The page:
Julian Treasure:

Yeah, well, like a lot of entrepreneurs. It certainly wasn’t planned from A to Zed Definitely not. I started out as a musician, actually. So I drummed in bands in the early 80s, made records and did John Peel sessions, that kind of stuff. And then got very broke, as you do as a musician, most musicians do. Very few, very few make it. So I got a job selling advertising space for a magazine publishing company, selling ads in a computer magazine. Then went on to become an ad manager in that company, and then left that company with a few others to start a new company. That was back in ‘83, I think, which was a new magazine. 

We went through the whole process of starting a business and recruiting people and so forth. Then that got bought by a big American company. I left in 88, to launch my own business, which was producing contract magazines. That is to say, magazines that you produce for a client. So it’s just like advertising except it’s in the form of a magazine. And rather more interesting probably, than a lot of advertising. It has to be high value content.

So this is what’s now called branded content. Back then we called it contract publishing. I focused on the computer industry and won a bunch of contracts, including Microsoft. Which back then was a warehouse with about five people working around it in the UK. So it was a very different beast, still very big. We grew with them and with Sun Microsystems and apple and then we went orange. It became a kind of much broader, went on to win Lexus, and so forth. And that company grew quite rapidly. It was in the Virgin Sunday Times virgin fast track 100, twice in successive years as one of the 100 fastest growing profitable companies in the UK. 

I sold it eventually in 2003 to a big American Marketing Group, which was a very painful experience, I have to say. I now say that if you asked me what my regrets were in my career, that would be the one. When I sold that didn’t do so well out of the shares, not through any fault of ours, but because there were irregularities in the accounts of the people who bought us. I then launched a company called the sound agency. Which was designed to bring together the two houses of me the listening side, that’s what musicians do to the world.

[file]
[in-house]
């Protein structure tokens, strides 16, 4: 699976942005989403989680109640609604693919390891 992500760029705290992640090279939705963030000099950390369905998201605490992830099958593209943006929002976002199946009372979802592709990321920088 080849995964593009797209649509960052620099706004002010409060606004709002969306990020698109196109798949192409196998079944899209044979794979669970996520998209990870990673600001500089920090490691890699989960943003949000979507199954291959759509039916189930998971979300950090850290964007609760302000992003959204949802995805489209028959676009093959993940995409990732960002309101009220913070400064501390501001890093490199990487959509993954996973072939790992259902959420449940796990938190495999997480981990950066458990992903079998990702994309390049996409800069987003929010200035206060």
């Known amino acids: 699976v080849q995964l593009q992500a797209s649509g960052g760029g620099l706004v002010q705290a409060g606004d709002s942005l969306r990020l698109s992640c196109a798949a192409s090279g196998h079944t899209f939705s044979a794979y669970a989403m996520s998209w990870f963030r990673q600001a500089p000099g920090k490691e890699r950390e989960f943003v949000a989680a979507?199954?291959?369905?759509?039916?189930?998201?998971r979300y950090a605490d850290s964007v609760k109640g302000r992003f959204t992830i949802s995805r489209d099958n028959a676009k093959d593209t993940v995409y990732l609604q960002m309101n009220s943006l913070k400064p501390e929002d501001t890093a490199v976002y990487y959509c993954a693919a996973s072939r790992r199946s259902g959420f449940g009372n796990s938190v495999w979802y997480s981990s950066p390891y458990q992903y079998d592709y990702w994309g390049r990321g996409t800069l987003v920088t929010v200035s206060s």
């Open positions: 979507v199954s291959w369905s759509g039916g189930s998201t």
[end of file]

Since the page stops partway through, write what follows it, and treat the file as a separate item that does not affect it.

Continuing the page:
If you’re playing in a band or an orchestra, you have to listen to a multitrack in an attentive way. You have to listen to all the other instruments simultaneously. So it gives you this kind of attentive listening, and I had long realized the world didn’t sound very good. Then I’d had 20 plus years in marketing, dealing with brands, big brands, marketing, communication, and customer experience in a way.

I realized that lots of these brands had never thought about the question “How do we sound?”. They have books, brand Bibles, which are huge and are all about logos, and typefaces and colors, and so forth. Not a page about sound, which is very strange when you think about it. Because we experience the world in five senses, not just one. So I launched the sound agency to ask that question, “How does your brand sound”? and provide some effective and profitable answers to that, and that was in 2003.

So sound kind of really became my life. And it still is, starting with the sound of organizations. And I gave a TED talk in 2007. I think the first one was, what was it 2009? Yeah, 2009 2007, I wrote a book called sound business, which was all about using sound, intentionally designing your sound as much as you design the way your organization looks, and every other aspect of it. Then in 2009, I got the chance to give a TED talk, which did quite well, it was called The Four Effects of sound. And we can go into that, if you like in a minute, the way sound affects us.